How to Make Braciole Recipe and Video
Braciole is a classic Italian family dish that varies based on where your family was from in Italy – and really what is in your refrigerator at the time in which you want to make it. I have made this braciole recipe so many times that I feel compelled to share a few secrets with you.
Simply the thought of fall weather makes me pull out my long sleeve t-shirts, get my sage ready, and prepare some root vegetables. I love fall. It means school is back in session, holidays are around the corner and I get to prepare heartier meals. As much as I love the lighter menus, there is nothing better than a meal that’ll stick to you ribs. To me, the perfect example of this is one of the great dinner recipes: Braciole.
Here is a picture of braciole that has been put in between a buttery roll for the perfect party appetizer:
How to Make Braciole
Braciole is a classic Italian family dish that varies based on where your family was from in Italy – and really what is in your refrigerator at the time in which you want to make it. Aunt Norma simply made her beef braciole recipe with steak, salt pork, garlic and parsley. I was taught to make it with various cured Italian meats and cheeses. (Note: Many people do not know this, but our Aunt Norma had a cookbook based on her own cooking television show that aired between 1948 to 1955. Yes, it’s true. She is held in VERY high regard in our family – rightly so.)
Video Recipe for Braciole
Braciole is among the easy Italian recipes I make: braciole recipes can use any groceries that need to be used up, and it always tastes amazing. Quite simply put, braciole is meat wrapped in meat that is slowly braised in marinara sauce. I have stuffed flank steak with proscuitto, hot capicola, pepperoni, salami, provolone. I’ve layered it with roasted mushrooms, roasted red peppers, and fresh spinach. I’ve braised it in our family recipe sauce and even store bought tomato sauce – it is really hard to mess it up.
As my Great Aunt Norma once wrote, “Braciole (pronounced “Bra-jo-lay), are meat rolls that are often times served with one of the pastas. If made with a large surface of meat, they are sliced down.”
Braciole Recipe Tips
Flank Steak. This is my favorite cut of meat for the job. Sometimes the steak seems a little thick to roll up so I’ll butterfly it. When the meat has been butterfly cut, it will cook faster and it gives more surface area to add all the great fixings. If you aren’t comfortable
doing any form of butchery yourself you can ask the butcher to butterfly it for you. Or, ask them to place your flank steak in the cuber (tenderizer is another name for the piece of equipment) both ways. As long as you ask nicely they will most likely help you.
Butchers twine. Butchers twine is so cheap but sometimes isn’t easy to find. Almost all specialty grocery stores and butcher shops will carry it, but lately my experience has been that grocery stores have about a 50/50 chance of carrying it. If you can’t find a whole ball to buy yourself just ask the butcher department if you can buy 2-3 feet of string from them. This is more than you will probably need but it’s better to risk getting too much than too little. BUT if you have a stingy butcher and can’t find it anywhere or simply forget to buy it (which happens to the best of us), you can substitute with unflavored dental floss. (I have succumb to this at times.) It works just as well and keeps everything in place.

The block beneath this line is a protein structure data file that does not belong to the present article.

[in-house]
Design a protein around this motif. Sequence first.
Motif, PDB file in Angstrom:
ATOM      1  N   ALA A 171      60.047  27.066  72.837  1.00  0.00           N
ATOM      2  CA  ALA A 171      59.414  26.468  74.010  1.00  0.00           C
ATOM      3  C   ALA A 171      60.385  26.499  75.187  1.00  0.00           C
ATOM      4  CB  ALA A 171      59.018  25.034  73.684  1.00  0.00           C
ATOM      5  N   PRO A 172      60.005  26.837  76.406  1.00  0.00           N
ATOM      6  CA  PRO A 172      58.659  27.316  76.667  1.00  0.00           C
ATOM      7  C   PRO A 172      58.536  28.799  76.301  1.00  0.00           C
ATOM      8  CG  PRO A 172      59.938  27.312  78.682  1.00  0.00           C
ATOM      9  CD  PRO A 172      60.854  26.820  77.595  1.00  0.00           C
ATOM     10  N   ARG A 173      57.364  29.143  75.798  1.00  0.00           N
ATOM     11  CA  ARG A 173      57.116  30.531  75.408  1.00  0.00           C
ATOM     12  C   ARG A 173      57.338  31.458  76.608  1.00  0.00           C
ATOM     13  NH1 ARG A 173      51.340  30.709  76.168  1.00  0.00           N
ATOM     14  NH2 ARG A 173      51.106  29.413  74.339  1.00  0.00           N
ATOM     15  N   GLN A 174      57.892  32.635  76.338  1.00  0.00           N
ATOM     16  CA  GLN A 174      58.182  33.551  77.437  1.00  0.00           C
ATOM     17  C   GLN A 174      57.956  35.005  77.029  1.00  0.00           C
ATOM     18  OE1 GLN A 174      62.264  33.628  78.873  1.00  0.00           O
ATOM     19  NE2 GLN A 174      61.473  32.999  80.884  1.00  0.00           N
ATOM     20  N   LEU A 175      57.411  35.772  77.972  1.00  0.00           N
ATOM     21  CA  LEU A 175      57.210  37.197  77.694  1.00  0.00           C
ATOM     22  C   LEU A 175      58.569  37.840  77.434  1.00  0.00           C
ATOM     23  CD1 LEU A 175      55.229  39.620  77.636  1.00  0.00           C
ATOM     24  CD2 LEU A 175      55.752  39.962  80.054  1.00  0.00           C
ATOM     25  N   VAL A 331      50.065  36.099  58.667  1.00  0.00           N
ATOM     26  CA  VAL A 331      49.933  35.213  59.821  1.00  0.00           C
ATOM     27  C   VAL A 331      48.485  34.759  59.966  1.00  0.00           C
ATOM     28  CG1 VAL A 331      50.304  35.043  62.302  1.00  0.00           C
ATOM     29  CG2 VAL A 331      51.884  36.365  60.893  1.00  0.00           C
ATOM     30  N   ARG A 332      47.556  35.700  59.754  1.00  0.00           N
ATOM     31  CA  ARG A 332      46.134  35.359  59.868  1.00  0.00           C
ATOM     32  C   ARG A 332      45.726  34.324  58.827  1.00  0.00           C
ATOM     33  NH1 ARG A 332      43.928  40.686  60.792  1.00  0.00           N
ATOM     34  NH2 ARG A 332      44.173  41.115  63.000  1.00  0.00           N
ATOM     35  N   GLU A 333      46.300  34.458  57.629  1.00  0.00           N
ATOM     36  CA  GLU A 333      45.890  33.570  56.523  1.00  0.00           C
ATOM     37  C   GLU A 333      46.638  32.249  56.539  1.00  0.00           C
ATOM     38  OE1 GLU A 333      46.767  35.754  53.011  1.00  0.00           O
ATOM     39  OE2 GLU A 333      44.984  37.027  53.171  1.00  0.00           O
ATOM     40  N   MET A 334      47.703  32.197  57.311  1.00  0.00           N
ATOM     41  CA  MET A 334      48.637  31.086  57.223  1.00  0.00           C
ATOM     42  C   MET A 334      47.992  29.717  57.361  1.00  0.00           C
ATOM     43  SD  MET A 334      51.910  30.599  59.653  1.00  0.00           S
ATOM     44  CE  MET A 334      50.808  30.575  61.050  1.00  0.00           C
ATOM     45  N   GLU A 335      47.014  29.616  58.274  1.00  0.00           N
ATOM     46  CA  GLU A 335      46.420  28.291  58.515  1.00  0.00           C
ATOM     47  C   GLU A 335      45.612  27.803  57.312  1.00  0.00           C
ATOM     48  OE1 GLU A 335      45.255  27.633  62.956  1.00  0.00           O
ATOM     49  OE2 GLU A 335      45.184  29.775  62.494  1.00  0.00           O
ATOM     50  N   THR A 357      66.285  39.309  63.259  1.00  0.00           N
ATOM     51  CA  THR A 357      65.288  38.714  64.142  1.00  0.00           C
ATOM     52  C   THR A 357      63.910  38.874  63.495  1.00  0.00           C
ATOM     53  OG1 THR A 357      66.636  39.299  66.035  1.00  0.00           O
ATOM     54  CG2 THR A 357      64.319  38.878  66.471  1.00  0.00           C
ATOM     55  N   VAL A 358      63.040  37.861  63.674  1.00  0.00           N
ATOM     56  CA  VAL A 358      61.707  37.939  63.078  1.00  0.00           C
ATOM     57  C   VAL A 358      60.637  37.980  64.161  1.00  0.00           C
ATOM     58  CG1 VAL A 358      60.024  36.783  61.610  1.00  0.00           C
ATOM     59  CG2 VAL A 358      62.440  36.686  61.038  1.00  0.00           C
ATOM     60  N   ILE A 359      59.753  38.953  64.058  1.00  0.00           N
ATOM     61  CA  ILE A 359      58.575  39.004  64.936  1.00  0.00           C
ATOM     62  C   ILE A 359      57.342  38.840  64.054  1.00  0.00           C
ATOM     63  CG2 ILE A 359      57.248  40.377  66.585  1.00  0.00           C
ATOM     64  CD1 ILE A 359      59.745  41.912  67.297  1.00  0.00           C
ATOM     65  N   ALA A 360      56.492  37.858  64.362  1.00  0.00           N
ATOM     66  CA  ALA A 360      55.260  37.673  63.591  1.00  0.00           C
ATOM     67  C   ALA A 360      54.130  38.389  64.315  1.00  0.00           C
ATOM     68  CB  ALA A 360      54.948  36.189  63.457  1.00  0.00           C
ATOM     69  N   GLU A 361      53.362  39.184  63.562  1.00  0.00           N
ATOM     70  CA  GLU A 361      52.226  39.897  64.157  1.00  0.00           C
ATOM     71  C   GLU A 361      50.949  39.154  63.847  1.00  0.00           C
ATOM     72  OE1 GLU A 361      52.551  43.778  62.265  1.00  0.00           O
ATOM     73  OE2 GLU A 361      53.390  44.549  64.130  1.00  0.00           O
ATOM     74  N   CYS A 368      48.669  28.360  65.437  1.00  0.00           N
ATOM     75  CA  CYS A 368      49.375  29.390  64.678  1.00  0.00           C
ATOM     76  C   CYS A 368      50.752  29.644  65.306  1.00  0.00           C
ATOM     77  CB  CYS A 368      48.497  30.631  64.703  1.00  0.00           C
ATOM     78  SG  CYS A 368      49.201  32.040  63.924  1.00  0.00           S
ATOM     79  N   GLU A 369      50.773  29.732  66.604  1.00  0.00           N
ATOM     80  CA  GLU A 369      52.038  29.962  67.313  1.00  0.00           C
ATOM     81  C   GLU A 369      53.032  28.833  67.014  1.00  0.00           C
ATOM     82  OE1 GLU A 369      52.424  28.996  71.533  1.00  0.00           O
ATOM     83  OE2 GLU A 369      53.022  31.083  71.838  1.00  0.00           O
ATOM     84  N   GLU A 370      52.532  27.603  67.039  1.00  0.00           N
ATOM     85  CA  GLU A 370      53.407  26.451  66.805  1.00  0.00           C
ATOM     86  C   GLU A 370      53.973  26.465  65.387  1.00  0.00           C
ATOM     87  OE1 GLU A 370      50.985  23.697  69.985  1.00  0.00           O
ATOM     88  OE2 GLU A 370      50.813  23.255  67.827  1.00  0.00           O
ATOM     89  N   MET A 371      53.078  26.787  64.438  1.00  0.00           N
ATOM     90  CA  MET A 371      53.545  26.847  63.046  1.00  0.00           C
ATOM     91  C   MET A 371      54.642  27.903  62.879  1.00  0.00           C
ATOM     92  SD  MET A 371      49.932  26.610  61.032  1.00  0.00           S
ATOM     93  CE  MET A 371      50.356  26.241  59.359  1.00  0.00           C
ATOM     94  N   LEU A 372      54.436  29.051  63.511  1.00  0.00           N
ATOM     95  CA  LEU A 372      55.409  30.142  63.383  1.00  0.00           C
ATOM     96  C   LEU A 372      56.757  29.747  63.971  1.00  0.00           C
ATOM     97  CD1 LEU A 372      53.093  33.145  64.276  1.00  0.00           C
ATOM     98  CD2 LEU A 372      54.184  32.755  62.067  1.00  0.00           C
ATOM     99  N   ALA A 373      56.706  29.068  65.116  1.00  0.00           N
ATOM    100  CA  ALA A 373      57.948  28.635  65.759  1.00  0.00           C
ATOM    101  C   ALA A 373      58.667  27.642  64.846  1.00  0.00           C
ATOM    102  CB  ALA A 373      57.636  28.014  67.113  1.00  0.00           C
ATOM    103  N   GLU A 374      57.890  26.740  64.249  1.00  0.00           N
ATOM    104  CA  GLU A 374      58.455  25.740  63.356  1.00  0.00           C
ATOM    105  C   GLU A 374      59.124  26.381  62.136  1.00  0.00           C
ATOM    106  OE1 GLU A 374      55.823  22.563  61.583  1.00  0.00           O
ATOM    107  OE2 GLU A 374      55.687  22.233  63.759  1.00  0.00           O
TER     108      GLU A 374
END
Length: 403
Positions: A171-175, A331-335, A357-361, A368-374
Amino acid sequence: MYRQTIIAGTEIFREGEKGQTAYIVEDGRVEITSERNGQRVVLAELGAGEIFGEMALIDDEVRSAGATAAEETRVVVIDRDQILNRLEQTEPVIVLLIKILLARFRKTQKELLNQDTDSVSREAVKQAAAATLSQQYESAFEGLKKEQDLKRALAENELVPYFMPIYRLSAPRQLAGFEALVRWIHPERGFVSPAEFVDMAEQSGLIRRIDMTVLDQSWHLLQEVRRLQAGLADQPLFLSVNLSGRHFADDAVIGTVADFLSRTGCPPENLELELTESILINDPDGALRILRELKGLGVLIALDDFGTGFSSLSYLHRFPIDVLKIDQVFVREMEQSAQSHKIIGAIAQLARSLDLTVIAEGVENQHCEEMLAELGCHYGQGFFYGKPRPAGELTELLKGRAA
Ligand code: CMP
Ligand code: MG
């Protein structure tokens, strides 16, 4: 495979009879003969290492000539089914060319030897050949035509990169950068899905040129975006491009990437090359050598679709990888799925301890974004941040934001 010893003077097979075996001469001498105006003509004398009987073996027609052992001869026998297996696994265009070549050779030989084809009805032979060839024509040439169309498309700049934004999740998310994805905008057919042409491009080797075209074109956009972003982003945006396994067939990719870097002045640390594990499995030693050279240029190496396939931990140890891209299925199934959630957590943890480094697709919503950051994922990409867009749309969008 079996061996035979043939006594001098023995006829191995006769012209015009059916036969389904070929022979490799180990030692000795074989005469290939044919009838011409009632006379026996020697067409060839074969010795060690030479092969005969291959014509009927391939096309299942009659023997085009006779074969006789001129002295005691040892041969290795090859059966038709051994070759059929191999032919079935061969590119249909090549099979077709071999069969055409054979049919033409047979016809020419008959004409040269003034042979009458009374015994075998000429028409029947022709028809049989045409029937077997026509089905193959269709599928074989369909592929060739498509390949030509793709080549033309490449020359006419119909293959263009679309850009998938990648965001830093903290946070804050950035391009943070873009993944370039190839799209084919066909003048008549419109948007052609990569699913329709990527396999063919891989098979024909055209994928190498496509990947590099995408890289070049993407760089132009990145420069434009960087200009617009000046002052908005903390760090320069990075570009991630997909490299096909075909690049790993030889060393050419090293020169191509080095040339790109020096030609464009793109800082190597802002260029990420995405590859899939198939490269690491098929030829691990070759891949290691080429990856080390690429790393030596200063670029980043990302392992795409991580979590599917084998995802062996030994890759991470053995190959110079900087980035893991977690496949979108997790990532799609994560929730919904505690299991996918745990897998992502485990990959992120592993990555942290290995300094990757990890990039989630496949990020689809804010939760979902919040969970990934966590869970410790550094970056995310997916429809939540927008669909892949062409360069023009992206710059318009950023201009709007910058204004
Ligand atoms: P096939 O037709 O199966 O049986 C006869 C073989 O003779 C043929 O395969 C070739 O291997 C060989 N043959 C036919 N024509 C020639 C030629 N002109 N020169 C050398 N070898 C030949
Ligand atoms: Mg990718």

Sauce. Your sauce for your braciole can be homemade or store bought as long as it always covered the roast. It’s important to always have the meat covered with the sauce to ensure even cooking and flavor. If the meat is too large to add to my sauce pot I will transfer to a roasting pan and finish cooking in the oven. If you can’t completely cover it, just stay on top of it and rotate your meat every 15-20 minutes for even cooking.
Slicing. I’m not going to lie, slicing braciole gets a little messy. I always have layers of paper towels under my cutting board to catch the excess sauce that goes dripping off the sides. When it comes to slicing, the most important part about slicing is ensuring you slice in the correct direction. When slicing a flank steak you want to make sure you slice in the opposite direction of the grain. By slicing against the grain you are allowing the meat to ability to better melt in your mouth. If you cut going the same direction of the muscle it’ll involve just a little more chewing.
Sauce #2. To make braciole a complete meal, boil a pound of linguine, toss in the braising liquid and serve on the side. Always make sure to adds some of the extra sauce in a gravy boat on the side of the table for the people at the table who like it a little saucier (like my mom).
Most of the meals I had growing up took shape as Italian meals, due to my Italian father. Somehow we didn’t get to experience all of the great foods my dad was used to, as growing up I never had braciole. It wasn’t until butchery class in culinary school when Chef McGuiness taught us how to make braciole. I remember having a life-changing moment eating this amazing concoction. Since then, my dad has told me that, growing up, he always strategically stood next to the person who was in charge of slicing the meat so he would get to sample on the twine that bound the meats. (This is my most favorite part of feeding people is not only creating great memories but causing people to become nostalgic while eating.)
My first trip home from culinary school in Chicago, I made the dish and from that day forward it has been among our go-to Sunday dinner recipes, birthdays, Christmas Eve, or even nights that we know are going to be cold – braciole is made.